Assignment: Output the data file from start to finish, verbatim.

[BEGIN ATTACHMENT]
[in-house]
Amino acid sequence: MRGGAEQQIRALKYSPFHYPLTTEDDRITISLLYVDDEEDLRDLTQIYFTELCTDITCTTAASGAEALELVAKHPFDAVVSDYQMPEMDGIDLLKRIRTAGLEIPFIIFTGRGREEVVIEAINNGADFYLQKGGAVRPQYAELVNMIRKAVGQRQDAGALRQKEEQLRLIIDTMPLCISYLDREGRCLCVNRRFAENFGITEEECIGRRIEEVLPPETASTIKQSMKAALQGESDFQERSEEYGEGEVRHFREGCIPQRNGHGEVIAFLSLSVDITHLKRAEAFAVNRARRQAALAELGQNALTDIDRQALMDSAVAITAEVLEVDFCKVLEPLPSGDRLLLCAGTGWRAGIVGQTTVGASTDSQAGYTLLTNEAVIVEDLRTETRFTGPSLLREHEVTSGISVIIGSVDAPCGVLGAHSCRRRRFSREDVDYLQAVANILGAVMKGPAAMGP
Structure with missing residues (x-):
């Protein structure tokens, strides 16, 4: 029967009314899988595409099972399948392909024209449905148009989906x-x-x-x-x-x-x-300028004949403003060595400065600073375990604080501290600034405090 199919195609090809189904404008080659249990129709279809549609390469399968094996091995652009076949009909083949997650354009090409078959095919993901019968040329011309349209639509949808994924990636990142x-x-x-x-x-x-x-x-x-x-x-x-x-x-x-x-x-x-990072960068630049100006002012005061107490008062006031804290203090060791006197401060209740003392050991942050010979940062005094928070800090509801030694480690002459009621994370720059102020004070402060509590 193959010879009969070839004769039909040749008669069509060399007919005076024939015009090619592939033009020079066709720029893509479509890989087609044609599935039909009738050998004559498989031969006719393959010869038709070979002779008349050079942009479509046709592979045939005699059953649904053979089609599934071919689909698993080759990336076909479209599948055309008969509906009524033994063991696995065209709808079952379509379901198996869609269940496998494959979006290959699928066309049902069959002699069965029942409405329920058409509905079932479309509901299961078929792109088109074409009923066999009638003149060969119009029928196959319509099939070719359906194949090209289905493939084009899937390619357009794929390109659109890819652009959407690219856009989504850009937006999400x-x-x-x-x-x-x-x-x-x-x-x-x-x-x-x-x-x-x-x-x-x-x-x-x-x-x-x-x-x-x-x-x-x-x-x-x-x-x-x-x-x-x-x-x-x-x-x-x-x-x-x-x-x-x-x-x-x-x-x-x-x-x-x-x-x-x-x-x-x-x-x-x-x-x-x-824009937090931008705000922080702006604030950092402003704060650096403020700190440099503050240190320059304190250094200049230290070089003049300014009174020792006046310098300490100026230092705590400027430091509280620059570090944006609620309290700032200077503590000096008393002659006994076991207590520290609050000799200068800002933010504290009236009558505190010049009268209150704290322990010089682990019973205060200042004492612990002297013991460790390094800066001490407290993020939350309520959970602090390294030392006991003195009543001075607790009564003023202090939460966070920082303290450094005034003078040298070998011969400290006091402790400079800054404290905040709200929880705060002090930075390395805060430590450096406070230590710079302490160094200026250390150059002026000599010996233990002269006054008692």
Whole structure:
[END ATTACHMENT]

[in-house]
Amino acid sequence: MRGGAEQQIRALKYSPFHYPLTTEDDRITISLLYVDDEEDLRDLTQIYFTELCTDITCTTAASGAEALELVAKHPFDAVVSDYQMPEMDGIDLLKRIRTAGLEIPFIIFTGRGREEVVIEAINNGADFYLQKGGAVRPQYAELVNMIRKAVGQRQDAGALRQKEEQLRLIIDTMPLCISYLDREGRCLCVNRRFAENFGITEEECIGRRIEEVLPPETASTIKQSMKAALQGESDFQERSEEYGEGEVRHFREGCIPQRNGHGEVIAFLSLSVDITHLKRAEAFAVNRARRQAALAELGQNALTDIDRQALMDSAVAITAEVLEVDFCKVLEPLPSGDRLLLCAGTGWRAGIVGQTTVGASTDSQAGYTLLTNEAVIVEDLRTETRFTGPSLLREHEVTSGISVIIGSVDAPCGVLGAHSCRRRRFSREDVDYLQAVANILGAVMKGPAAMGP
Structure with missing residues (x-):
């Protein structure tokens, strides 16, 4: 029967009314899988595409099972399948392909024209449905148009989906x-x-x-x-x-x-x-300028004949403003060595400065600073375990604080501290600034405090 199919195609090809189904404008080659249990129709279809549609390469399968094996091995652009076949009909083949997650354009090409078959095919993901019968040329011309349209639509949808994924990636990142x-x-x-x-x-x-x-x-x-x-x-x-x-x-x-x-x-x-990072960068630049100006002012005061107490008062006031804290203090060791006197401060209740003392050991942050010979940062005094928070800090509801030694480690002459009621994370720059102020004070402060509590 193959010879009969070839004769039909040749008669069509060399007919005076024939015009090619592939033009020079066709720029893509479509890989087609044609599935039909009738050998004559498989031969006719393959010869038709070979002779008349050079942009479509046709592979045939005699059953649904053979089609599934071919689909698993080759990336076909479209599948055309008969509906009524033994063991696995065209709808079952379509379901198996869609269940496998494959979006290959699928066309049902069959002699069965029942409405329920058409509905079932479309509901299961078929792109088109074409009923066999009638003149060969119009029928196959319509099939070719359906194949090209289905493939084009899937390619357009794929390109659109890819652009959407690219856009989504850009937006999400x-x-x-x-x-x-x-x-x-x-x-x-x-x-x-x-x-x-x-x-x-x-x-x-x-x-x-x-x-x-x-x-x-x-x-x-x-x-x-x-x-x-x-x-x-x-x-x-x-x-x-x-x-x-x-x-x-x-x-x-x-x-x-x-x-x-x-x-x-x-x-x-x-x-x-x-824009937090931008705000922080702006604030950092402003704060650096403020700190440099503050240190320059304190250094200049230290070089003049300014009174020792006046310098300490100026230092705590400027430091509280620059570090944006609620309290700032200077503590000096008393002659006994076991207590520290609050000799200068800002933010504290009236009558505190010049009268209150704290322990010089682990019973205060200042004492612990002297013991460790390094800066001490407290993020939350309520959970602090390294030392006991003195009543001075607790009564003023202090939460966070920082303290450094005034003078040298070998011969400290006091402790400079800054404290905040709200929880705060002090930075390395805060430590450096406070230590710079302490160094200026250390150059002026000599010996233990002269006054008692």
Whole structure: